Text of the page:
The Canadian Hydrographic Conference 2012, to be held from 15th to 17th May 2012 in Niagara Falls, Canada, has announced Steve MacLean, president of the Canadian Space Agency, as keynote speaker. Dr. Steve MacLean became President of the Canadian Space Agency (CSA) effective on 1st September 2008. Prior to his appointment as President, Dr. MacLean was Chief Astronaut of the Canadian Space Agency and coordinated astronaut activities.
He also championed studies, served on steering committees and was the Canadian voting member on the Multi-Crew Operational Panel for the International Space Station - an international panel responsible for the selection of crews and crew operations on the station. In addition, he actively promoted an alignment of university activities with CSA's space priorities.
From 1974 until 1976, Dr. MacLean worked in sports administration and public relations at York University, and then competed with the Canadian National Gymnastics Team from 1976 to 1977. He taught part-time at York University from 1980 until 1983, and subsequently became a visiting scholar at Stanford University under the renowned laser physicist and Nobel Laureate A.L. Schawlow. As a laser physicist himself, Dr. MacLean's research has included work on electro-optics, laser-induced fluorescence of particles and crystals, and multi-photon laser spectroscopy.
Selected as one of the first six Canadian astronauts in December 1983, Dr. MacLean began astronaut training in February 1984. From 1987 to 1993, he was the Program Manager for the Advanced Space Vision System (ASVS), a computer-based camera system designed to provide guidance data that enhances the control of both Canadarm and Canadarm2 and the Laser Camera System (LCS). Both systems are still in operation on the shuttles and the International Space Station. From 1988 to 1991 he also assumed the role of Astronaut Advisor to the Strategic Technologies in Automation and Robotics (STEAR) Program.
From 22nd October to 1st November 1992, Dr. MacLean flew onboard Space Shuttle Columbia as a Payload Specialist for Mission STS-52. During this mission, he performed a set of seven experiments known as CANEX-2, which included an evaluation of the Space Vision System.
Dr. MacLean was the Chief Science Advisor for the International Space Station from 1993 to 1994 during which time he developed a plan that streamlined science management for the space station. He was then appointed Director General of the Canadian Astronaut Program for two years. He was responsible for six major projects that flew on shuttle and space station missions and negotiated 9 of 13 Canadian shuttle flights with NASA.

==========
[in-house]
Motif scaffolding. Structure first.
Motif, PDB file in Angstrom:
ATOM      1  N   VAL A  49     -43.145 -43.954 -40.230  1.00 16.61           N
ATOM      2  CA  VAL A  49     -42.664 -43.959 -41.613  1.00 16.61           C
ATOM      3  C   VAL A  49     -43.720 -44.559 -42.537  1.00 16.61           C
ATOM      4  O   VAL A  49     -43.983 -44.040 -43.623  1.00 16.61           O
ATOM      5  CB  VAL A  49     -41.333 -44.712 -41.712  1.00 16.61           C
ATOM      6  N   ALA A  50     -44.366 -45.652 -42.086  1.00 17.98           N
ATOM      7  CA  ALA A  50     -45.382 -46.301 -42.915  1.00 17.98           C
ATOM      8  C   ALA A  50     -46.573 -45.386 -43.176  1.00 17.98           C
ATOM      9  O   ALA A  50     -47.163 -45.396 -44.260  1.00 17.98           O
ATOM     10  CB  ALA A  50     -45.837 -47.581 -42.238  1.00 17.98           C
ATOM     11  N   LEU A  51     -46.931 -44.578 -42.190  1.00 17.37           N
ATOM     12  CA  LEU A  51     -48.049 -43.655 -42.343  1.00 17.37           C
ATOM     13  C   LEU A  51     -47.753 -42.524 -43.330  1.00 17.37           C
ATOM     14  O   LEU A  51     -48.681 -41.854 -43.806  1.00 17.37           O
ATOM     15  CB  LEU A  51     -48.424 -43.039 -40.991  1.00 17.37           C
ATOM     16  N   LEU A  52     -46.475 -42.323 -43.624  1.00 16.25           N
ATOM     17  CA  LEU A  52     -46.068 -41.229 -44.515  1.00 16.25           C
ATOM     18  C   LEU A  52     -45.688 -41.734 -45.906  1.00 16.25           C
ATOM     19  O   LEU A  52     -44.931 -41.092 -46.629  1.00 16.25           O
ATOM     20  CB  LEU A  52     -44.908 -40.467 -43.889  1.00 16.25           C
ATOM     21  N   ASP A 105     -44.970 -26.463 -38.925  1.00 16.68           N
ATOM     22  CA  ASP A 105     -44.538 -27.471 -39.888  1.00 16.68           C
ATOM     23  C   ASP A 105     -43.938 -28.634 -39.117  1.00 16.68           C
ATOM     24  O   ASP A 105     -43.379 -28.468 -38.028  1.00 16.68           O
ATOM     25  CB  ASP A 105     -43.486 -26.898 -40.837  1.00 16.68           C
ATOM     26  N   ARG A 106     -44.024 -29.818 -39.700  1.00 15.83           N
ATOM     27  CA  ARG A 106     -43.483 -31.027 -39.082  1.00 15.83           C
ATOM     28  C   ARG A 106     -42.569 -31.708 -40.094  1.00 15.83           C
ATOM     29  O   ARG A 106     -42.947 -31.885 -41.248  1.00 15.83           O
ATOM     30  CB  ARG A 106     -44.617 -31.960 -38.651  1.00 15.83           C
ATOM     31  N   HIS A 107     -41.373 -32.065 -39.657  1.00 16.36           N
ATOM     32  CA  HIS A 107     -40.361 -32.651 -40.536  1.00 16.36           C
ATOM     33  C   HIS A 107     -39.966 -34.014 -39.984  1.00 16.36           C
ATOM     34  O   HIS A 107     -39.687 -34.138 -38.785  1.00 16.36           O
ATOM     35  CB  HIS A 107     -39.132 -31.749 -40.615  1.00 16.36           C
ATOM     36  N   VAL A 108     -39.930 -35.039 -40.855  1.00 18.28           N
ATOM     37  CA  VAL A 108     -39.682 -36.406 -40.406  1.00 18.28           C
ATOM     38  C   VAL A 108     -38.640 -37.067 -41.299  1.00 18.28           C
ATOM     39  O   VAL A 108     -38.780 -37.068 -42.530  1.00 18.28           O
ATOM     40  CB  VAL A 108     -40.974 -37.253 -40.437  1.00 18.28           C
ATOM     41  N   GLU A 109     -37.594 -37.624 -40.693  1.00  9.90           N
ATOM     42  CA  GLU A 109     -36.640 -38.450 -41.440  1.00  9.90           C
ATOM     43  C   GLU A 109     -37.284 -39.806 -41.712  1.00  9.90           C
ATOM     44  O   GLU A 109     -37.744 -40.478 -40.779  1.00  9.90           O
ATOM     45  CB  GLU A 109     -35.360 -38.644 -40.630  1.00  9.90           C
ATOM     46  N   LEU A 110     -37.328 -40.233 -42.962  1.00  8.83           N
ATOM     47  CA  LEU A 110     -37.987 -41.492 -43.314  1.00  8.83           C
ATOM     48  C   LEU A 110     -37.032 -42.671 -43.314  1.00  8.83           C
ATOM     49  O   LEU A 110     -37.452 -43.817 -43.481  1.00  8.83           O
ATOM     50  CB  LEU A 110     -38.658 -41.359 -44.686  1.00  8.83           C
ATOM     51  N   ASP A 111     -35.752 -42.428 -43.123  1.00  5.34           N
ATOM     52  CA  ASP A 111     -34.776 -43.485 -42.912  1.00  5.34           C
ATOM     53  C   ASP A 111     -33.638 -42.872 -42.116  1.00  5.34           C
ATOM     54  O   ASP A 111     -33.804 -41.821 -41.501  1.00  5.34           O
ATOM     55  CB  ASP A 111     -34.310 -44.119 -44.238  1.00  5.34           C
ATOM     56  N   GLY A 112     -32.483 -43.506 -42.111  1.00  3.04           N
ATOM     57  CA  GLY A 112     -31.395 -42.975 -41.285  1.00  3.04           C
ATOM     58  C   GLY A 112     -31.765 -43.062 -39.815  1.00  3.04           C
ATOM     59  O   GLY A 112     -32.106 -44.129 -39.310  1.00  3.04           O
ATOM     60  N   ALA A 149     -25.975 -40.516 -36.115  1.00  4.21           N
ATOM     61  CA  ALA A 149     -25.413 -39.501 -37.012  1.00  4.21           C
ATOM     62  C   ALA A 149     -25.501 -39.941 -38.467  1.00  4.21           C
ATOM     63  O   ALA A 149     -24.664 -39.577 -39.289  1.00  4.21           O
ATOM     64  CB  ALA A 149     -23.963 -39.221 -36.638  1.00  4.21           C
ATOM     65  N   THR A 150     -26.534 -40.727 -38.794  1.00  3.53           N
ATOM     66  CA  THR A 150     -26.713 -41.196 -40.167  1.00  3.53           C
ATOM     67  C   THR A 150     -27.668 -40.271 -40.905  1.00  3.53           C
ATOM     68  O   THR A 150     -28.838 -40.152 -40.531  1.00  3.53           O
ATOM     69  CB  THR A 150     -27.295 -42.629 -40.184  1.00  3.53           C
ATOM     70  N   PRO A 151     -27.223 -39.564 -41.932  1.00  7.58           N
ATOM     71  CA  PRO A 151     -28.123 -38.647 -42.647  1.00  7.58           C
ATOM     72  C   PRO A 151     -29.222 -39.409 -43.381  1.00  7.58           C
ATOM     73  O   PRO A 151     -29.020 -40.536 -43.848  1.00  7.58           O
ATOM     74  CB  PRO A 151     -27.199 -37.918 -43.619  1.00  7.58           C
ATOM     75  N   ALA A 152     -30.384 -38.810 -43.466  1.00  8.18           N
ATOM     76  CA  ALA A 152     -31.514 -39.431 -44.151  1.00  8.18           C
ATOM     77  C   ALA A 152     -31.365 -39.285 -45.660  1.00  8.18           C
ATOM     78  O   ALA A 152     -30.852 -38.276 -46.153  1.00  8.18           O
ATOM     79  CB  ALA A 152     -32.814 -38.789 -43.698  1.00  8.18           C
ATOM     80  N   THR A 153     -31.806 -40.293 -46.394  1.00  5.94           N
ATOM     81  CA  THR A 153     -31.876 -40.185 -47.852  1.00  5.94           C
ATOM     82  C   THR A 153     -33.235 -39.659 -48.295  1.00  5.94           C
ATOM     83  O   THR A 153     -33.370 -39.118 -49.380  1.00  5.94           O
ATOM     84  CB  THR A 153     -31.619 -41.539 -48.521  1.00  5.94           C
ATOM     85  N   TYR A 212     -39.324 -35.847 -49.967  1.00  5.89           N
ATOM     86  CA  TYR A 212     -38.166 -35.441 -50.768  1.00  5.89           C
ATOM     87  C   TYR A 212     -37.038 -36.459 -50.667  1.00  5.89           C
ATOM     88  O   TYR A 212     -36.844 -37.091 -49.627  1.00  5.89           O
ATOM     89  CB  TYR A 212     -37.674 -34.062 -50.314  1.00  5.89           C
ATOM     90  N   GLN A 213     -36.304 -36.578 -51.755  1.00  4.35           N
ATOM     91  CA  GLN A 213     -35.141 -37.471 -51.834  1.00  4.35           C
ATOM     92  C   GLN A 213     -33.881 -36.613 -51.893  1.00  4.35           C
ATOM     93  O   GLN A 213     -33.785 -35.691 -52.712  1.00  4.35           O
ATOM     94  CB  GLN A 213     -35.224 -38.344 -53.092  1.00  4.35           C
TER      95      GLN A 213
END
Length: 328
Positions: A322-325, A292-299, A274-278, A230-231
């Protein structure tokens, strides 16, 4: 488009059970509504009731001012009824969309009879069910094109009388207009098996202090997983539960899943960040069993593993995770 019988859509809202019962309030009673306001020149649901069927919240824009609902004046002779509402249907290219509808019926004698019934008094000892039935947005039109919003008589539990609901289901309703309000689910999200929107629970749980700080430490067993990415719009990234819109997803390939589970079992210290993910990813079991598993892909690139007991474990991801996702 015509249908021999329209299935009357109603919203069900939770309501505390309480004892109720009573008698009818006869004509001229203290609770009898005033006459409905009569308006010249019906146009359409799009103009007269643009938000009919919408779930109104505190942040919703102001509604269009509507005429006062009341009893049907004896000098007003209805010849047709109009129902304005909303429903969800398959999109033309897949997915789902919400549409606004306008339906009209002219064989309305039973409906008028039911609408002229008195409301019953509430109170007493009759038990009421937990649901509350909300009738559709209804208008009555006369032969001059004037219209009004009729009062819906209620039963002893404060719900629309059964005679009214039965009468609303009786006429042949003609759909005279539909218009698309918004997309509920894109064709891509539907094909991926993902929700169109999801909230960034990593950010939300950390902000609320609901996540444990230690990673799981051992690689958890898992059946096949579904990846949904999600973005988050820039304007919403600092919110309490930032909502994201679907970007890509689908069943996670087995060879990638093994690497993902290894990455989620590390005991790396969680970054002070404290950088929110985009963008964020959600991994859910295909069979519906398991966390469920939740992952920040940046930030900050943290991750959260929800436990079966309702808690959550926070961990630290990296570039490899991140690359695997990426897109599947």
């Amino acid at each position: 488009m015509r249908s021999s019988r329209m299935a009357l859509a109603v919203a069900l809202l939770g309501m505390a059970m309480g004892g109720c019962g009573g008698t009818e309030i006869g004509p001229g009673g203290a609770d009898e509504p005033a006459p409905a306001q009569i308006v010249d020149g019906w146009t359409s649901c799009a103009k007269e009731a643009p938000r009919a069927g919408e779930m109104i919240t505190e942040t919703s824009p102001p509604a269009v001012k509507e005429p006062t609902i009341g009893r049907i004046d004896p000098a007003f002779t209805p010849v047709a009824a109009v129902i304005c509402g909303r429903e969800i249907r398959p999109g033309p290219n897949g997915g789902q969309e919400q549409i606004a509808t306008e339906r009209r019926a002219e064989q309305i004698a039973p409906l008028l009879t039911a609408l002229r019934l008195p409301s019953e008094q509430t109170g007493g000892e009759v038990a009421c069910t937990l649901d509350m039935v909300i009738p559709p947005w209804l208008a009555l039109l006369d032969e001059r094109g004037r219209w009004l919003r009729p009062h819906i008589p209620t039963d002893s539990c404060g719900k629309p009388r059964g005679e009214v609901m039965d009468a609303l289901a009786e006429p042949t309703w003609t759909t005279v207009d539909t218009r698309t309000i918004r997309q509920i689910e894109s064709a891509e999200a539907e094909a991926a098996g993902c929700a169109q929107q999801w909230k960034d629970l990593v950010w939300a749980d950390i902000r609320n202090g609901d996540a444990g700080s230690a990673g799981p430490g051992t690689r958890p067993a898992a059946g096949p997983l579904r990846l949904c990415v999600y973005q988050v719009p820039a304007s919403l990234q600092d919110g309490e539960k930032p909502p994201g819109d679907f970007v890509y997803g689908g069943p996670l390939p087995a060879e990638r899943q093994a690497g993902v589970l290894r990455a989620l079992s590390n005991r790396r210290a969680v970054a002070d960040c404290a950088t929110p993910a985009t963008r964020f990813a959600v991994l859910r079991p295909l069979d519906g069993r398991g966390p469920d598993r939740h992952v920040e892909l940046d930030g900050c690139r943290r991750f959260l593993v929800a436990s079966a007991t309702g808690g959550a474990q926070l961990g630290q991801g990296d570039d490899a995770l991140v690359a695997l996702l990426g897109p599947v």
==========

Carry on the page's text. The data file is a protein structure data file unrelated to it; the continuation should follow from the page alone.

In the aftermath of the Space Shuttle Columbia accident in 2003, Dr. MacLean became the Casualty Assistance and Calls Officer for Ilan Ramon, a role that he still plays today. He was also actively involved in NASA's efforts to increase the safety of the crew and the security of the vehicle until Return to Flight in 2005. As such, he became the technical lead for the Canadian-built Orbiter Boom Sensor System and a member of the NASA board responsible for ensuring the integrity of the vehicle's thermal protection system prior to re-entry into the atmosphere.
Dr. MacLean went to space for the second time on Mission STS-115, and served as mission specialist on Space Shuttle Atlantis acting as flight engineer and robotics lead for the first assembly flight of ISS after the Columbia accident. He became the first Canadian to operate Canadarm2 in space when the crew installed trusses and deployed solar array panels on the International Space Station. On this mission, Dr. MacLean also became the second Canadian to walk in space.
A strong supporter of science literacy and child education, Dr. Steve MacLean holds a Bachelor of Science (Honours) and a Doctorate in Physics both from York University in Toronto. He published over 25 scientific and technical publications and has received numerous international honours, including the Canadian Meritorious Service Cross.
Demo of RIEGL Airborne Bathy Scanner in Camcopter UAV
It's not an AUV but a UAV. So an unmanned vehicle, but in the air instead of underwater. This movie shows a demonstration of the bathymetric laser scanning capabilities of the RIEGL VQ-820-GU hydrographic airborne sensor in reality. For more information on the technical side, please see the news release on Hydro International.